‘Odd Couple’ Sputters Then Sings
By Geary Danihy
Most theatergoers are familiar with the plot of Neil Simon’s The Odd Couple, which recently opened at the Ivoryton Playhouse. After its run on Broadway, the play was made into a movie and then became a long-running television show. Hence, there are no surprises – you know the characters; you know what’s going to happen; you probably even know many of the set-ups and punch lines. So, the question arises, why attend a performance? After all, it wasn’t penned by the Bard.
Well, the plot, though well known, is engaging and the characters – especially the two leads – have become almost iconic. You go because you want to see Oscar (Tony Rossi) and Felix (R. Bruce Connelly) go at it; you want to see the two interact; you go because what occurs between them speaks humorously (and loudly) to anyone who has ever been married.
So, if you need a dose of Oscar and Felix, then the Ivoryton production should meet all of your needs, for Rossi and Connelly play the two mismatched roommates to perfection. If you can’t wait for the Pigeon sisters, Gwendolyn (Laura Beth Wells) and Cecily (Eleanor Handley), to drop by for dinner, then you won’t be disappointed, for Wells and Handley are as “coo-coo” as you remember. However, if you’re going for the weekly poker game attended by Speed (Brian M. Cunningham), Murray (Al Mulvey), Roy (Mike Souney) and Vinnie (M. Carl Kaufman), then I suggest you host a game of your own, for the four actors don’t seem to mesh.
Unfortunately, all of the first act has the poker players on stage, and for those in the audience not aware of what awaits them in act two, a certain amount of ennui might set in. Perhaps director Lawrence Thelen has never anted up amongst a group of cronies, for though the four actors are supposed to be card-playing buddies of long standing their timing is off and there’s little electricity amongst them. Cunningham and Souney seem to understand what is called for, but the problem is exacerbated by how Thelen has allowed the other two actors, Mulvey and Kaufman, to play, or overplay, their roles. Where a soupcon of obtuseness might do, Mulvey gives us a gallon, and yes, the character Vinnie is a milquetoast, but Kaufman plays him as if he’s just escaped from a production of La Cage aux Folles. I was waiting for Cunningham, as Speed, to jump up and whack him.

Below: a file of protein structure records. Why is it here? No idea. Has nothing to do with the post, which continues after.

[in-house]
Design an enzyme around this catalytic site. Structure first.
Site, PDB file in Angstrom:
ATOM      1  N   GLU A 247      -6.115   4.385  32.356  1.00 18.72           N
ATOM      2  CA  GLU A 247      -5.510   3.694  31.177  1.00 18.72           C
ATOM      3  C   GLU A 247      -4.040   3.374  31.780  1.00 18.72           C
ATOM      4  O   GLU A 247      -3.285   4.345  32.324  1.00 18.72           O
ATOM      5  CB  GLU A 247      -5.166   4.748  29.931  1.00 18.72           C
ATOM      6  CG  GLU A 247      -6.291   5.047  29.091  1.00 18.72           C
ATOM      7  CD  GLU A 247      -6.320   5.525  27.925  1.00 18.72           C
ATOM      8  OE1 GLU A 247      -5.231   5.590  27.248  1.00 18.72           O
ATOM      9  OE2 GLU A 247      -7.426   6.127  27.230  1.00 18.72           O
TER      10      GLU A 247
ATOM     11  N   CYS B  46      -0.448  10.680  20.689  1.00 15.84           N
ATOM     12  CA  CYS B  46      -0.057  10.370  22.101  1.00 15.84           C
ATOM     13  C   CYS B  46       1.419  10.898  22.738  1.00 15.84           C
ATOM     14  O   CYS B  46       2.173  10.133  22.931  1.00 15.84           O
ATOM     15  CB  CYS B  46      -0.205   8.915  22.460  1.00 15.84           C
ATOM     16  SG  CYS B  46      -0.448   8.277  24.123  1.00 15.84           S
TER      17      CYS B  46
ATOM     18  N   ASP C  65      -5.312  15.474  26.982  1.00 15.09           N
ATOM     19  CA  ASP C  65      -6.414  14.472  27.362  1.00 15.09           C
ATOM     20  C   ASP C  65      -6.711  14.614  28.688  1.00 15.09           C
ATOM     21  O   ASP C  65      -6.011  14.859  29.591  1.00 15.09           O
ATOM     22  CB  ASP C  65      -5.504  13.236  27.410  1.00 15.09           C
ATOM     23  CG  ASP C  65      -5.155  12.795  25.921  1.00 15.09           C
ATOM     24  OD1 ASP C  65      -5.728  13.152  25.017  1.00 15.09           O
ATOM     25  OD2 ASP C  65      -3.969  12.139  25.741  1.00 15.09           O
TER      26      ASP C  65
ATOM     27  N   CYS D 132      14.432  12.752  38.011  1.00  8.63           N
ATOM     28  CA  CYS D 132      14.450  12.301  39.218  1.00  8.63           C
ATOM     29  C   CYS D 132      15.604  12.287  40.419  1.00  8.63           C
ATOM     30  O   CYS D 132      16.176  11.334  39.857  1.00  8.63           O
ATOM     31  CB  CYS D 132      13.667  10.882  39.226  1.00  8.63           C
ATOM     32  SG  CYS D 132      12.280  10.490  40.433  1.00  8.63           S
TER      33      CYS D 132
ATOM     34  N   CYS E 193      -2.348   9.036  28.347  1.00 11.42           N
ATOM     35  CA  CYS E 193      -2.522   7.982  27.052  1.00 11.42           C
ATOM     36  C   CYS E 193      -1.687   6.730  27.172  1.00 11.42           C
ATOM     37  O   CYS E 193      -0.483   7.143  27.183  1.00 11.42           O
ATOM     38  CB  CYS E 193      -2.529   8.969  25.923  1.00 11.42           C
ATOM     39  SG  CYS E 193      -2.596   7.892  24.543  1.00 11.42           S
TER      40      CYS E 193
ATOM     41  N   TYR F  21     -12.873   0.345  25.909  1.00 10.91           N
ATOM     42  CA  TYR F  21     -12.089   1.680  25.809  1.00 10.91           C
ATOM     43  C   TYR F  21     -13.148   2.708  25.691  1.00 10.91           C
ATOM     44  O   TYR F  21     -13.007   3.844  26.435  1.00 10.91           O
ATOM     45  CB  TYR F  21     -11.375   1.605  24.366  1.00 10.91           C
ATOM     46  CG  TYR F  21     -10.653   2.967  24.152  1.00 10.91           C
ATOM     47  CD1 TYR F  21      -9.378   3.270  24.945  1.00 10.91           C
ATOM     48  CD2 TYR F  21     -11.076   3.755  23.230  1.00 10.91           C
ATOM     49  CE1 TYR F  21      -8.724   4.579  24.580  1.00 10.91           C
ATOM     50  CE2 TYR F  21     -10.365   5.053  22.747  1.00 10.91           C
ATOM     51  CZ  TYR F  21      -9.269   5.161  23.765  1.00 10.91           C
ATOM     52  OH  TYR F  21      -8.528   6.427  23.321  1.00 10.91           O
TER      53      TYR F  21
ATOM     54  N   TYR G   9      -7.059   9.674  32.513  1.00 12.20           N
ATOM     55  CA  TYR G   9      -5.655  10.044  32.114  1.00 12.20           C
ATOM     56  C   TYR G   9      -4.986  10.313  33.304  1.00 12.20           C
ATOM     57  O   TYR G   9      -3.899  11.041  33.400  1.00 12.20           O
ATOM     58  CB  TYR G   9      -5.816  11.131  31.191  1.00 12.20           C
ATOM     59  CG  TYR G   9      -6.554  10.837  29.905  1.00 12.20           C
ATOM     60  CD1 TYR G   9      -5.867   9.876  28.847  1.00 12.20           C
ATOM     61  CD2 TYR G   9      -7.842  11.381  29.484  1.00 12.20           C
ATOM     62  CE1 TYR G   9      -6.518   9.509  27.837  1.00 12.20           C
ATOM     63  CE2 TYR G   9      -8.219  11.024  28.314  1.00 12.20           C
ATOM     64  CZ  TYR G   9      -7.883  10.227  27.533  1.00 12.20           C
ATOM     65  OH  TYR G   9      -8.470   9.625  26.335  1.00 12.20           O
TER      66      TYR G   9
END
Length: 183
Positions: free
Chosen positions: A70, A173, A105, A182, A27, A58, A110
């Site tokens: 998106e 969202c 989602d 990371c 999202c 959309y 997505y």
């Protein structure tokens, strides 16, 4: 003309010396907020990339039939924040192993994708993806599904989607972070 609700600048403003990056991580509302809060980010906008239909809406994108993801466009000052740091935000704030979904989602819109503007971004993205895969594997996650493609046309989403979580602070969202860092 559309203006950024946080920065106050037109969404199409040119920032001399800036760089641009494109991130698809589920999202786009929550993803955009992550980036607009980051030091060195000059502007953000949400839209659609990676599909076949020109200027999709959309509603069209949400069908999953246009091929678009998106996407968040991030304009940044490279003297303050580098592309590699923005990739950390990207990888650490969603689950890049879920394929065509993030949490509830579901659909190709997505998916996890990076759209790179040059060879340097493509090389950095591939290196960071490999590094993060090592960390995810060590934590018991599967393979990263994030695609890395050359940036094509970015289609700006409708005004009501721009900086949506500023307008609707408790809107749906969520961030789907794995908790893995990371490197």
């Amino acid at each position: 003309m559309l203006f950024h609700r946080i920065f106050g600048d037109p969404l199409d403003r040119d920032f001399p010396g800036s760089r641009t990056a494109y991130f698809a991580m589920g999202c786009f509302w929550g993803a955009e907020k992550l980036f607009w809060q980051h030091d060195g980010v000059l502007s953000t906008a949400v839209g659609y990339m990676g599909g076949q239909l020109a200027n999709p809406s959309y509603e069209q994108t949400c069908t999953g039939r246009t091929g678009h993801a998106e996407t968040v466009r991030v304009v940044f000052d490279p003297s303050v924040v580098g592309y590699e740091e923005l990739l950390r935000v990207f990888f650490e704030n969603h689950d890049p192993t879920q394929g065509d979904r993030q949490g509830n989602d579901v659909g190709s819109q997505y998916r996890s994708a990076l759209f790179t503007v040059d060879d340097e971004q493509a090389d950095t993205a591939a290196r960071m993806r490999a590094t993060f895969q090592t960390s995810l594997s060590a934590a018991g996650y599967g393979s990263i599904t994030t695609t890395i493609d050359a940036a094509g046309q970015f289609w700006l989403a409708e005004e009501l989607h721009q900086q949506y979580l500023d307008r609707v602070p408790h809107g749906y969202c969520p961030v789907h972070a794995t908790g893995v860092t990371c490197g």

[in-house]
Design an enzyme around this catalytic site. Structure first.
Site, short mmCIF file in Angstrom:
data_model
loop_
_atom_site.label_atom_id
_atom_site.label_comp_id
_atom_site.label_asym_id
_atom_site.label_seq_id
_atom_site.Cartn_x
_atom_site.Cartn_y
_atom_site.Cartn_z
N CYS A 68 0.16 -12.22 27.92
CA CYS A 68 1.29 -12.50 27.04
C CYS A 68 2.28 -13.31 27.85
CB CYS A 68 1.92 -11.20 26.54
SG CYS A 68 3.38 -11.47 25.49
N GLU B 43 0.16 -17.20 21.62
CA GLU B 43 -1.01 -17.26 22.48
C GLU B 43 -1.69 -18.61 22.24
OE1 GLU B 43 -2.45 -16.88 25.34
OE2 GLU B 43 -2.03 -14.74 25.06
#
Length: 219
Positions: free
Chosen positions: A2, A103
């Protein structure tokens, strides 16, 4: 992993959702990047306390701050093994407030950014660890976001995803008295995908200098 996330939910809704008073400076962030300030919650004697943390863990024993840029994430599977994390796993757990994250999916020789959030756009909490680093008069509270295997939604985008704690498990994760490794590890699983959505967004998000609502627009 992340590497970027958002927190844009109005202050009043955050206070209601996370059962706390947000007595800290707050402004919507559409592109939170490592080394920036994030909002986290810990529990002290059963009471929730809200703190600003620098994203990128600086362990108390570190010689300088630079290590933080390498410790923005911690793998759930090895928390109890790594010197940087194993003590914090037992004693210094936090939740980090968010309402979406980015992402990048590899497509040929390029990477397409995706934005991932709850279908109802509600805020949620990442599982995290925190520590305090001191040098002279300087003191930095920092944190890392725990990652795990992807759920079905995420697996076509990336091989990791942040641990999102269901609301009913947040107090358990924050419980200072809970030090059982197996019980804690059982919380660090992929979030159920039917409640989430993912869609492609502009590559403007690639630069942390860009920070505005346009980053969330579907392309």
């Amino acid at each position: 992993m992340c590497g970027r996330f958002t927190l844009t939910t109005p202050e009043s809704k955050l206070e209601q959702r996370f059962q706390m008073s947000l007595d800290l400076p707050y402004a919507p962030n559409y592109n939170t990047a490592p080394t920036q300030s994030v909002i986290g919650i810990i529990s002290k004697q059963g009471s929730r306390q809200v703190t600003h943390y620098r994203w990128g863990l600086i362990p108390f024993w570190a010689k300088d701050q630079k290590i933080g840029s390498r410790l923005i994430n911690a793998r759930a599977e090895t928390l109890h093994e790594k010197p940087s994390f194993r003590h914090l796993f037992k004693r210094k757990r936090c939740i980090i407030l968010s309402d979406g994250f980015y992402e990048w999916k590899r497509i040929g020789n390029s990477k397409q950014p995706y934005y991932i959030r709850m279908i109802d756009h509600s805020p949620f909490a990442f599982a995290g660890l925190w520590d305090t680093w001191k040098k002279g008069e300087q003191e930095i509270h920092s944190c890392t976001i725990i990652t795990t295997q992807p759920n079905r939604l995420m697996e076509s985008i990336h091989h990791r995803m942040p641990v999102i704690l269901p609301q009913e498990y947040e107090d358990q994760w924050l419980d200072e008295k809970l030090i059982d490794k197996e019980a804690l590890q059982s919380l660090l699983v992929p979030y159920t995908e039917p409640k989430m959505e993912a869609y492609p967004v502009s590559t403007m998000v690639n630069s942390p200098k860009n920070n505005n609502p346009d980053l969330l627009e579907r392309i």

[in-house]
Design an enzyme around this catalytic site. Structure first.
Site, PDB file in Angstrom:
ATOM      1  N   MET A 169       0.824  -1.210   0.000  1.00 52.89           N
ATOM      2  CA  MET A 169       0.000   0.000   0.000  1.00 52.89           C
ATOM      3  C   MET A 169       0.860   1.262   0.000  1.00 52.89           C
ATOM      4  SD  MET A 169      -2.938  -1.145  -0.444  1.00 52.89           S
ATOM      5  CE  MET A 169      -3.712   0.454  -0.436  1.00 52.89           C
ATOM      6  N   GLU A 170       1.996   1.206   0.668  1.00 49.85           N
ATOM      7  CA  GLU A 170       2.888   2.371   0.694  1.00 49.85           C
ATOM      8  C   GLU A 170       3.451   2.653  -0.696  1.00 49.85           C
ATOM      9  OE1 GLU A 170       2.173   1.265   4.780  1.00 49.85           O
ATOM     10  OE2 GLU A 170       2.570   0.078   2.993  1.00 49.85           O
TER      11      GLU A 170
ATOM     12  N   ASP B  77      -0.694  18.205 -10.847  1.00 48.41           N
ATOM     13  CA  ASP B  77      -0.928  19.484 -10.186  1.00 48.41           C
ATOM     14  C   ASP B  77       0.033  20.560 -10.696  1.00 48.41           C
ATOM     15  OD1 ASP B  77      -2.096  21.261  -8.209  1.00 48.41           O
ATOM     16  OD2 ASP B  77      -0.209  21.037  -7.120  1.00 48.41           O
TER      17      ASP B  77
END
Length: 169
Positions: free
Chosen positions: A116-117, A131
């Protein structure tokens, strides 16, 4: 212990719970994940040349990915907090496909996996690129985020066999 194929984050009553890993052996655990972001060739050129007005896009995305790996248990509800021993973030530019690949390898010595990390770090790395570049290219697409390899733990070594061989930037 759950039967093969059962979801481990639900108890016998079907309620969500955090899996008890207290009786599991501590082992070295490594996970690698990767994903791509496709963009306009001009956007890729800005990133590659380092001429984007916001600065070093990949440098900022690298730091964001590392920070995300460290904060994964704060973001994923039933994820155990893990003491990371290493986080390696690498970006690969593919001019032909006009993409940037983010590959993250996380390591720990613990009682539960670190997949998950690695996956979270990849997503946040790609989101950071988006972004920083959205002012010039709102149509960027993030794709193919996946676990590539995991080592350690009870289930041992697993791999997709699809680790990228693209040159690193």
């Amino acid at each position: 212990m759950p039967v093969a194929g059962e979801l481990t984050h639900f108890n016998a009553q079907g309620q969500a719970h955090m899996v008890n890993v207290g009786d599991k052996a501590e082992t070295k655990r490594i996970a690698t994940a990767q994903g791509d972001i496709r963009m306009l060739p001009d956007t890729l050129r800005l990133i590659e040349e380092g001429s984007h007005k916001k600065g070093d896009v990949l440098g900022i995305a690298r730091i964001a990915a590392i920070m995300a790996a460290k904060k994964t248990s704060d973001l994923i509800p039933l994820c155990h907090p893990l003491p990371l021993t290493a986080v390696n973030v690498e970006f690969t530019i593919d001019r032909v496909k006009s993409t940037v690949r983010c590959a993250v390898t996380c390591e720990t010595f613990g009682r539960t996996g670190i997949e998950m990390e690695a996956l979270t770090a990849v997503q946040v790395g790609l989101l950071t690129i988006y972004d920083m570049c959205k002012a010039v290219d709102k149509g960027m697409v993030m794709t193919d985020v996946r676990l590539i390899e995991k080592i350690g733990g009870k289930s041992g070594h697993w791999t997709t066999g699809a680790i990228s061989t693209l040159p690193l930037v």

Fortunately, the first act is relatively short, and when the lights go up on Oscar’s now immaculate apartment (compliments of Felix, of course) at the start of the second act, the production shifts gears, for Rossi and Connelly work exceedingly well together. The comedic tension between the two is palpable as the “couple” begins to have problems, most of them generated by Felix’s neatness fetish.
Rossi is capable of providing the audience with a marvelous slow burn as he suffers under Felix’s ministrations, and Connelly’s pouting is picture-perfect. The high point of the evening is, of course, the dinner with the Pigeon sisters, and here the evening brightens even more, for Wells and Handley give the audience two brightly-plumed, brainless British “birds” to delight in. The extended scene, with Connelly in agony as the two sisters prattle on, is one you wish would go on forever.
One odd note is the set design by Dan Nischan. Oscar lives in an apartment in Manhattan, and even though it’s 1966, the rooms, with their dark wood and arches, seem to be of another era, perhaps the dining room and parlor of some New England boarding house circa 1890. And would the bachelor, a self-acknowledged slob, have so many sofa pillows – they seem incongruous in the apartment of a man inclined to decorate using dirty laundry. In all, the set seems more appropriate for a production of Long Day’s Journey into Night.
The set and the poker players aside, Ivoryton’s Odd Couple delivers on enough levels, thanks to the work of Rossi, Connelly, Wells and Handley, to make the evening quite enjoyable. As you sit through the first act, just keep on reminding yourself that better things are coming.
The Odd Couple runs through Sunday, Aug. 30. For tickets or more information call 860-767-7318 or go to www.ivorytonplayhouse.org.
This review originally ran in the Norwalk Citizen-News.